© Ingrid D., July 2009 (So please do not copy my text or photos without my permission.)

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    Cute and beautiful Alsbach Castle

    by Trekki Updated Aug 12, 2013

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    Auerbach Castle (see previous tip) might be the more famous and the more frequented castle along Bergstraße, but my favourite is Alsbach Castle. This is a bit north of Auerbach castle, smaller but in hands of the local conservation society which helds festivals, has a little restaurant, café and beer garden on the premises and looks after a herbal garden based on the teachings of Hildegard of Bingen.
    The castle was built mid 13th century and belonged to robber knights for quite some time, which have been chased away mid 15th century. It was rebuilt after being burned but fell into decay again. The tower is still there, as are the walls. From the tower you can have magnificent views over the lowlands of Rhein river. What I found most fascinating was that several little villages are visible from here which have the typical (German) village structure: a church in the centre, houses around and an existing or long gone village wall. Even if the walls are gone, their location can be imagined given the village structure.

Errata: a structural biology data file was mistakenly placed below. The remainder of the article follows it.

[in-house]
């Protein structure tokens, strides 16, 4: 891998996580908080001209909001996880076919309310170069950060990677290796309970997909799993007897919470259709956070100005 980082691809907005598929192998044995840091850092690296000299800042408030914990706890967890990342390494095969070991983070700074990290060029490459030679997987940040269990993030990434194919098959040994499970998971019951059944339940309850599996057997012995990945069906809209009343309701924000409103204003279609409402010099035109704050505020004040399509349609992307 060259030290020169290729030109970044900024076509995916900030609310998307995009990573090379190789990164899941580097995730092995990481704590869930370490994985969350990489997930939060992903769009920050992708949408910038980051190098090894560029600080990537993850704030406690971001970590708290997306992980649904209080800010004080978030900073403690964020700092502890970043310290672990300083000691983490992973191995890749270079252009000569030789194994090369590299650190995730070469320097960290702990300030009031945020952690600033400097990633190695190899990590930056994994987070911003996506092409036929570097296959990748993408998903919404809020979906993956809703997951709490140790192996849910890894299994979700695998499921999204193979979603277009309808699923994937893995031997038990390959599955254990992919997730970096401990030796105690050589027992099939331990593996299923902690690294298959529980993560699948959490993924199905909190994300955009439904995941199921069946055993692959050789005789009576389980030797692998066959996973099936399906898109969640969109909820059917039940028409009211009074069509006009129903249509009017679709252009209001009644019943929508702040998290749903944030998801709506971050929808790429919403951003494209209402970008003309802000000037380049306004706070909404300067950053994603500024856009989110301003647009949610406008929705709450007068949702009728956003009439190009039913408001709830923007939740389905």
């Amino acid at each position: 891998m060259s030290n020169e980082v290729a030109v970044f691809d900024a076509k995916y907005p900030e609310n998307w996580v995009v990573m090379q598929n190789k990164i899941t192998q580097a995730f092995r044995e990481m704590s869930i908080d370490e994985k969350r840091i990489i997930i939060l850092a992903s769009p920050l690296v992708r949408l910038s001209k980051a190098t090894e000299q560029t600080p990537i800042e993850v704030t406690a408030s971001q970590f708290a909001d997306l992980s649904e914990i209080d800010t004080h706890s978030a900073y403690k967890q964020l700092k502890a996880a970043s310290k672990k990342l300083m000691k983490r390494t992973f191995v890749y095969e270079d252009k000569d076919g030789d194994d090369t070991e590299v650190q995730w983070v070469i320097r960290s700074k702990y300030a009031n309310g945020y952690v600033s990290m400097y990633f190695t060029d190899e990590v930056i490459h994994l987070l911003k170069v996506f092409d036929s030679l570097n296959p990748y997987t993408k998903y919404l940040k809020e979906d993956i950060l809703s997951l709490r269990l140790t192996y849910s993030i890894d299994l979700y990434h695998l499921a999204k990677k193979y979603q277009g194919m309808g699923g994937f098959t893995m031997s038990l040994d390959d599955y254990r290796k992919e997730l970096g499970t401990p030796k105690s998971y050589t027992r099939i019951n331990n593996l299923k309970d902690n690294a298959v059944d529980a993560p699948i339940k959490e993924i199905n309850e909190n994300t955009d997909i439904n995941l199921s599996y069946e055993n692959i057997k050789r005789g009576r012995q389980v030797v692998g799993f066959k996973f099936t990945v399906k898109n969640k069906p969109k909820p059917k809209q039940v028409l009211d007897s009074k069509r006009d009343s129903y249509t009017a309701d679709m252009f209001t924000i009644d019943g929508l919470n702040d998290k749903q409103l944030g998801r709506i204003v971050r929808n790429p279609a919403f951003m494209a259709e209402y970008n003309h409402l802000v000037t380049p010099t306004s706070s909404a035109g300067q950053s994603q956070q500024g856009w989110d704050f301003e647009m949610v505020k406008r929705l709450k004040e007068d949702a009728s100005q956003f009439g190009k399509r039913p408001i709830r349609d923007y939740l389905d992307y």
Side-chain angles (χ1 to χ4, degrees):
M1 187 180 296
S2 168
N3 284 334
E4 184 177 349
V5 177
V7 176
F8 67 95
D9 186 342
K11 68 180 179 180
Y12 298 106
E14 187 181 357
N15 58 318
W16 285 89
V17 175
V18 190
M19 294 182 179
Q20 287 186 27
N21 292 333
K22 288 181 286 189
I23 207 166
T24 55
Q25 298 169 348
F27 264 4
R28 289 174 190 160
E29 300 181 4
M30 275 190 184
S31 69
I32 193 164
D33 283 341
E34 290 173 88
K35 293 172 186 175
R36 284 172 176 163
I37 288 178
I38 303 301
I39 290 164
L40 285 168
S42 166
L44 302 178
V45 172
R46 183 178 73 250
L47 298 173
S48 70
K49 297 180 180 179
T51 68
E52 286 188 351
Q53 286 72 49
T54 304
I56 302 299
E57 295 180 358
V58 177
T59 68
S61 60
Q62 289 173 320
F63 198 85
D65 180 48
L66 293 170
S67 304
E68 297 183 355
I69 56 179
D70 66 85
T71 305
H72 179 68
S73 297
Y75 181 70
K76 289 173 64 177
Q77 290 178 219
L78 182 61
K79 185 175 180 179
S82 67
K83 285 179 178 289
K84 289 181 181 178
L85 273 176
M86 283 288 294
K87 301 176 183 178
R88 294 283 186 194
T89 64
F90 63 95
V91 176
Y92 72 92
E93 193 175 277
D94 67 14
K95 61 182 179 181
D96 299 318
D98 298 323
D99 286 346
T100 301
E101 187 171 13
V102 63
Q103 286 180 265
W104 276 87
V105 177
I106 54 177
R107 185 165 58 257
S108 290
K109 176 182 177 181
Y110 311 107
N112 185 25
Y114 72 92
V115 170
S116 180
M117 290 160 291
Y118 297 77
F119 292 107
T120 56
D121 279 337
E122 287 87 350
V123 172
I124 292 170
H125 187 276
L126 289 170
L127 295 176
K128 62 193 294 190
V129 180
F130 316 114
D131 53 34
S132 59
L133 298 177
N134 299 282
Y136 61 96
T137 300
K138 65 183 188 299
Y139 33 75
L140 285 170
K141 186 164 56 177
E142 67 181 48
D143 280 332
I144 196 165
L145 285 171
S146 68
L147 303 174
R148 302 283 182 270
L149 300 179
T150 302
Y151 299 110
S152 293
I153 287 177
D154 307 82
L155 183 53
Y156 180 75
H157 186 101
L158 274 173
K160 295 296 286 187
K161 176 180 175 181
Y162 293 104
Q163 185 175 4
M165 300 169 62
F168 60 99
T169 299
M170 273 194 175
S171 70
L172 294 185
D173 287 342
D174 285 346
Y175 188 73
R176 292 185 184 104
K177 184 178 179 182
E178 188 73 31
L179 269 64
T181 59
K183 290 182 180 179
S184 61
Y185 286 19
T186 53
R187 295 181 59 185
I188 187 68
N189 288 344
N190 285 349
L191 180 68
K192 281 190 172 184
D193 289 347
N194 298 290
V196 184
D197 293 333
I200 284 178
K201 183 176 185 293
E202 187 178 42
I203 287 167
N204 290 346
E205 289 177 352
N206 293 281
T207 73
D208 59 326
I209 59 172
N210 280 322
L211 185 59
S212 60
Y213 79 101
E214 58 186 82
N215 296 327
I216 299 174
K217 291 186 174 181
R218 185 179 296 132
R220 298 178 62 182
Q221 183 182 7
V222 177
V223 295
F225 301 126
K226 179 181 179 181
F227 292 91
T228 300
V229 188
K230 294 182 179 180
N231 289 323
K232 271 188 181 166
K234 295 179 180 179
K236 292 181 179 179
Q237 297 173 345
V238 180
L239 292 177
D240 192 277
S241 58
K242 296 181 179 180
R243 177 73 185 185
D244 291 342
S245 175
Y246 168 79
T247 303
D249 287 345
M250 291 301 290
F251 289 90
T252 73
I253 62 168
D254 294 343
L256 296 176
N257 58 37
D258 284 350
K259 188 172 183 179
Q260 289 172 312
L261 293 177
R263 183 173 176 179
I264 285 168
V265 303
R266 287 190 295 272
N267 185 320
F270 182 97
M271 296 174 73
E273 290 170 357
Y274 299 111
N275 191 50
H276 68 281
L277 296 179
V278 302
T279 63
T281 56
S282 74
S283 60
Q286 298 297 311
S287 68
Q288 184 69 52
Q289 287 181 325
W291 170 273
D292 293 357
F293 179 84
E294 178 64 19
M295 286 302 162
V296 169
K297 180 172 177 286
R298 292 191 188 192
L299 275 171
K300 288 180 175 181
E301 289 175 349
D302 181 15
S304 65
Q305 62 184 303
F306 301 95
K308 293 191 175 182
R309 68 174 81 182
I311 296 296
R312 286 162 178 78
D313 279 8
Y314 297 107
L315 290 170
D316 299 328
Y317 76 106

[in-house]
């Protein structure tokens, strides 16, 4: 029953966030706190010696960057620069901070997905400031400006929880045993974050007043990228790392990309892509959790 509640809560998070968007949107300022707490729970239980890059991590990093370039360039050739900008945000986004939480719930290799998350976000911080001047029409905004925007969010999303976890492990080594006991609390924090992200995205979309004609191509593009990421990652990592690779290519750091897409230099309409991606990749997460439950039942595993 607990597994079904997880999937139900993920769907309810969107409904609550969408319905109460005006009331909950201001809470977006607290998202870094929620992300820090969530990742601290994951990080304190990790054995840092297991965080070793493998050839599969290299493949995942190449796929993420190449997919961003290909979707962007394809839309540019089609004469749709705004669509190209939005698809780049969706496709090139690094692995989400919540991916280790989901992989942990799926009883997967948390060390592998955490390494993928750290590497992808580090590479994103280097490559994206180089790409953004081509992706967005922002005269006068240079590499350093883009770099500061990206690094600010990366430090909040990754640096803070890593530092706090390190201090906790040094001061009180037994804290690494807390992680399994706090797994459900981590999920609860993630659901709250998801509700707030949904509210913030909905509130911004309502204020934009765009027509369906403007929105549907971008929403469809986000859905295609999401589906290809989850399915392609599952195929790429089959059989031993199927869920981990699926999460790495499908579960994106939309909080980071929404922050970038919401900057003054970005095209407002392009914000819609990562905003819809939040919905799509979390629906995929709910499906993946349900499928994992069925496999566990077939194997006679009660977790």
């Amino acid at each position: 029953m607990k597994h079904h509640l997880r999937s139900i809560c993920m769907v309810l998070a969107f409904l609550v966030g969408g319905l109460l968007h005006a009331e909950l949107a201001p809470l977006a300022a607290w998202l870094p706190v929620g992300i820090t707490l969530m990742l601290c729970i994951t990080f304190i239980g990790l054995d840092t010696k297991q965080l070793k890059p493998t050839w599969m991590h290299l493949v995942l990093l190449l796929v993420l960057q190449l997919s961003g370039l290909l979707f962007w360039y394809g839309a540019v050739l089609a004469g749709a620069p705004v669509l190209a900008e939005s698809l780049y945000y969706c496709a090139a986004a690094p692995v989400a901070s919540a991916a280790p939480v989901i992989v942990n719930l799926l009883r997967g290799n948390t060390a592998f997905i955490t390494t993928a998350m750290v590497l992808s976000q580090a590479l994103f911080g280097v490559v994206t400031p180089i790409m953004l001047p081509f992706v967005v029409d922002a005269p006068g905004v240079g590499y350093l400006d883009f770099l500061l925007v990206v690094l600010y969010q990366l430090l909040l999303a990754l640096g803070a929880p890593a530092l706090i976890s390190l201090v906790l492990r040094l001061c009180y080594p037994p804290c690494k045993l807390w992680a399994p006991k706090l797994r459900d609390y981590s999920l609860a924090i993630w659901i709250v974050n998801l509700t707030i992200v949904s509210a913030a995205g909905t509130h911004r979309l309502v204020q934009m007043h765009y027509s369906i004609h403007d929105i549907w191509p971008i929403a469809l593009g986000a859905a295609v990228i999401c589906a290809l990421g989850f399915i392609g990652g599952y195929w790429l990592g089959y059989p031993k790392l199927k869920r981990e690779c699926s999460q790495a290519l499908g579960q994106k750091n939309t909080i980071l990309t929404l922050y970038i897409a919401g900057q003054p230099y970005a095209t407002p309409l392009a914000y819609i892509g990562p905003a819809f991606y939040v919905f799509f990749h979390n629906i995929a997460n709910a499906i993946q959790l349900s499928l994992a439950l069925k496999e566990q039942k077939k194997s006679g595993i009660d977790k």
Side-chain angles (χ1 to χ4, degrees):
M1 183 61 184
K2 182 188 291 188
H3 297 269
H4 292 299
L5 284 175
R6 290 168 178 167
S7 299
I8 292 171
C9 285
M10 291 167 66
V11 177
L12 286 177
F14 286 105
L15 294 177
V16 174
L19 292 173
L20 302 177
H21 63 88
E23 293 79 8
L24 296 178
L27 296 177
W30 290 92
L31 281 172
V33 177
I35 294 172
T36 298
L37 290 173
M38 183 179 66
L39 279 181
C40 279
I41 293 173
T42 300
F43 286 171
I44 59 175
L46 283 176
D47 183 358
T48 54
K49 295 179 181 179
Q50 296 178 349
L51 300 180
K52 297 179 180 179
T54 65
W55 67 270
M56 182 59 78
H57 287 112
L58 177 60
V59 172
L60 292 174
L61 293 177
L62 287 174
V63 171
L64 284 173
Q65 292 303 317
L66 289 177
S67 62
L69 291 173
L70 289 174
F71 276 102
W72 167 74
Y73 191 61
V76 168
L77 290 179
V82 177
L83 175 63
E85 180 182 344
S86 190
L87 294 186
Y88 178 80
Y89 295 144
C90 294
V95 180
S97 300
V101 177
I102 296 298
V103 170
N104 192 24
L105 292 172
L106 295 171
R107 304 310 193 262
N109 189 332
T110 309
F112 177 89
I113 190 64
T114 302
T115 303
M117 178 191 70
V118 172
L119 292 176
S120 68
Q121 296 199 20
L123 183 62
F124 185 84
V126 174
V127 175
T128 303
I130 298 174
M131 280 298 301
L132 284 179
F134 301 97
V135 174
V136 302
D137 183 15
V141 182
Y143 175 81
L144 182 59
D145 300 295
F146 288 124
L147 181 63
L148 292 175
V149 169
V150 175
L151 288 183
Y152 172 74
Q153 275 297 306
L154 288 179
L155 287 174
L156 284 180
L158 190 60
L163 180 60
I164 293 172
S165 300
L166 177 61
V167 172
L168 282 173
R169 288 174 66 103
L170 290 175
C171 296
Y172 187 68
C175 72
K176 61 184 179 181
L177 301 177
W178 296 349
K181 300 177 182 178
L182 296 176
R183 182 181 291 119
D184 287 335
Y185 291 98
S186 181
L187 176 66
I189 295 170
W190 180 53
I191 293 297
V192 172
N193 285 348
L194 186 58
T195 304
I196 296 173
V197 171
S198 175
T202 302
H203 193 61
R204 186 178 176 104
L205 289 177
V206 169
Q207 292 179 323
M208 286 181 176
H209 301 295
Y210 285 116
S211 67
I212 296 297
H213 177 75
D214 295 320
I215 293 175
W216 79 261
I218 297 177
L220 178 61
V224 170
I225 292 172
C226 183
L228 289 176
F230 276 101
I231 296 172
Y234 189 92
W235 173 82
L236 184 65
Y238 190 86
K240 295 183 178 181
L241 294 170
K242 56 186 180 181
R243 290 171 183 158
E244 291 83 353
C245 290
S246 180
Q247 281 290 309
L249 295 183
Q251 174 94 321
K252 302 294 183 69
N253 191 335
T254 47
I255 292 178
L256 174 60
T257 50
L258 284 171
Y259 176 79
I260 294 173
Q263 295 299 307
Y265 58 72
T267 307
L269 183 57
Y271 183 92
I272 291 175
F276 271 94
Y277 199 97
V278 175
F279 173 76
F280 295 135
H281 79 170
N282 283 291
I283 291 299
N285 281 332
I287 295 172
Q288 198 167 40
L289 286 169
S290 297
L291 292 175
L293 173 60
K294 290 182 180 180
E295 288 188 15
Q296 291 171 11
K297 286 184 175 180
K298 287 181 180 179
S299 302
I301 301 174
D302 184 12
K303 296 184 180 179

The castle is opened daily from 9 a.m. to 6 p.m., entrance free.
    The beer garden is open Wednesday to Sunday from 2 p.m. (Wed-Fri) or 10 a.m. (weekends) until 7 p.m.
    No entrance fee for the castle and premises, only 0,50 € to climb up the tower (highly recommended!).

    Highly recommended also their handicraft market at Pentecost/Whitsunday. They show old handicraft skills of carpenters, blacksmiths, baking, tailoring.

    Directions:
    It is easily accessible from either Bergstrasse (road B3) or A5 motorway. Get off at Zwingenberg and drive north to Alsbach. From the town centre, follow the signs to the castle (Schloß Auerbach). Local trains and streetcars stop in Alsbach.

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    Region: Bergstrasse
    Nearest airport: Frankfurt International (code FRA).
    ~~~~~~~~~~~~~~~~~~~~~~~~~~

    Alsbach Castle on Google Maps